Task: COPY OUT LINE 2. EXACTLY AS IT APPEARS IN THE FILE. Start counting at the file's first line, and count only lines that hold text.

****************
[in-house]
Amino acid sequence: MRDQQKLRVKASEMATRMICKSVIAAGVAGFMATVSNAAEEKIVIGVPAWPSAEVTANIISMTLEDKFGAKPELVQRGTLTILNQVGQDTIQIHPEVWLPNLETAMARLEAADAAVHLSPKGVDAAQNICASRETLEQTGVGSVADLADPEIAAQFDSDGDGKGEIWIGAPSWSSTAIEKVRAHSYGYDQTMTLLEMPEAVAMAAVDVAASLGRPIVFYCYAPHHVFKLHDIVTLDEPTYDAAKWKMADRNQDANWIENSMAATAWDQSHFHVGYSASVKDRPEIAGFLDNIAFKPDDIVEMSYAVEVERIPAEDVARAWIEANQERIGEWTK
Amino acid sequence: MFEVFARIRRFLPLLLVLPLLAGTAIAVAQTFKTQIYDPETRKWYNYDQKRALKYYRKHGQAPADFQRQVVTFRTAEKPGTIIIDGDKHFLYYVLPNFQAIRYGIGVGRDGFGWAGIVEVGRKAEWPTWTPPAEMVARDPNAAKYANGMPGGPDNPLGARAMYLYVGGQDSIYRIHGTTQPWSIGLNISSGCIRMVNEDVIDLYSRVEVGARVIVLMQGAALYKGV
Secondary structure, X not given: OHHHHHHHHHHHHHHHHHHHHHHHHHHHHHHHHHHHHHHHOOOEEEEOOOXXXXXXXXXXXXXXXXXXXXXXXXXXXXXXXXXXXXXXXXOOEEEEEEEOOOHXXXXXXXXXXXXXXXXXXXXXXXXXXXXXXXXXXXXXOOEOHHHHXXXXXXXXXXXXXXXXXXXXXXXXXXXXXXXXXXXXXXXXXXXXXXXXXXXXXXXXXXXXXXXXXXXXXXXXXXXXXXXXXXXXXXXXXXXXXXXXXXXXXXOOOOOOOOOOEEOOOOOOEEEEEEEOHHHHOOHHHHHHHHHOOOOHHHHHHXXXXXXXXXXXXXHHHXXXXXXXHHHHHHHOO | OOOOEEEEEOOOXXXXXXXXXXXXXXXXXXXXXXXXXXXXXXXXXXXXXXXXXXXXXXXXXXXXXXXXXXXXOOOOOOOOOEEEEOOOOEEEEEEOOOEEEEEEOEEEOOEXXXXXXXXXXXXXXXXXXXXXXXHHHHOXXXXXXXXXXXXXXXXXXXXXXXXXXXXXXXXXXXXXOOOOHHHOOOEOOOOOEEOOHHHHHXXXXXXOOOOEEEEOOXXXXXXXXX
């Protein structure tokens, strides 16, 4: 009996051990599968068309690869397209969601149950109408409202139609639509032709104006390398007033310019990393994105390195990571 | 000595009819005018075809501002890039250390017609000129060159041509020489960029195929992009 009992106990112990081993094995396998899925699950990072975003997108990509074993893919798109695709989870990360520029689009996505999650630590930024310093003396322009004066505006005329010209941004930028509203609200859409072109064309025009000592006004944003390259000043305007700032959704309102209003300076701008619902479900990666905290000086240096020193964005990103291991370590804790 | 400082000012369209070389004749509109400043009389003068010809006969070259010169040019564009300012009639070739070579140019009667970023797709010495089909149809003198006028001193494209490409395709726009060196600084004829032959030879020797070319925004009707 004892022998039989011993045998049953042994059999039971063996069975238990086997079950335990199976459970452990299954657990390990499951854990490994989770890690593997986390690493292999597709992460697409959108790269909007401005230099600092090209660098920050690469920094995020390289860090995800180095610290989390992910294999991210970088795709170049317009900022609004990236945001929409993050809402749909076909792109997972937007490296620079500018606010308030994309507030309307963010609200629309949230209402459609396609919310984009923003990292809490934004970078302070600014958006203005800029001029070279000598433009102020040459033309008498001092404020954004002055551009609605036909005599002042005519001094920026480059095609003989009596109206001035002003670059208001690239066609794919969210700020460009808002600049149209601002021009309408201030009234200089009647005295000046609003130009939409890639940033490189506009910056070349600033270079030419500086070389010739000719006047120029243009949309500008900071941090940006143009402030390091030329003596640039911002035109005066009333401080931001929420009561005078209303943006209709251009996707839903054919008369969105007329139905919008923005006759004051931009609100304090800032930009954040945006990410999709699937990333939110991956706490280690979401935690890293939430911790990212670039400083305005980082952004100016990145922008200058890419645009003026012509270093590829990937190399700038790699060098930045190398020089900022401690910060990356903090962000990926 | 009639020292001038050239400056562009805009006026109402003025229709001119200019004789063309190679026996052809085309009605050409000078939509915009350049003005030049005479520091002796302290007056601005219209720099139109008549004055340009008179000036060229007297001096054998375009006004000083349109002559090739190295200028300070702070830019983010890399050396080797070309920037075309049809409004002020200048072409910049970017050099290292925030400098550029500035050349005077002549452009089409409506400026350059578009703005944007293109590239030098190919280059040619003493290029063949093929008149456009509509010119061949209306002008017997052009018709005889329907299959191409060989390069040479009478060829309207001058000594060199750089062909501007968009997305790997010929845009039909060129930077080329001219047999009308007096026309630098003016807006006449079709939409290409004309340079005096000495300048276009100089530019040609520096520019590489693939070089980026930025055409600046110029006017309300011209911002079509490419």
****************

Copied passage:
Amino acid sequence: MRDQQKLRVKASEMATRMICKSVIAAGVAGFMATVSNAAEEKIVIGVPAWPSAEVTANIISMTLEDKFGAKPELVQRGTLTILNQVGQDTIQIHPEVWLPNLETAMARLEAADAAVHLSPKGVDAAQNICASRETLEQTGVGSVADLADPEIAAQFDSDGDGKGEIWIGAPSWSSTAIEKVRAHSYGYDQTMTLLEMPEAVAMAAVDVAASLGRPIVFYCYAPHHVFKLHDIVTLDEPTYDAAKWKMADRNQDANWIENSMAATAWDQSHFHVGYSASVKDRPEIAGFLDNIAFKPDDIVEMSYAVEVERIPAEDVARAWIEANQERIGEWTK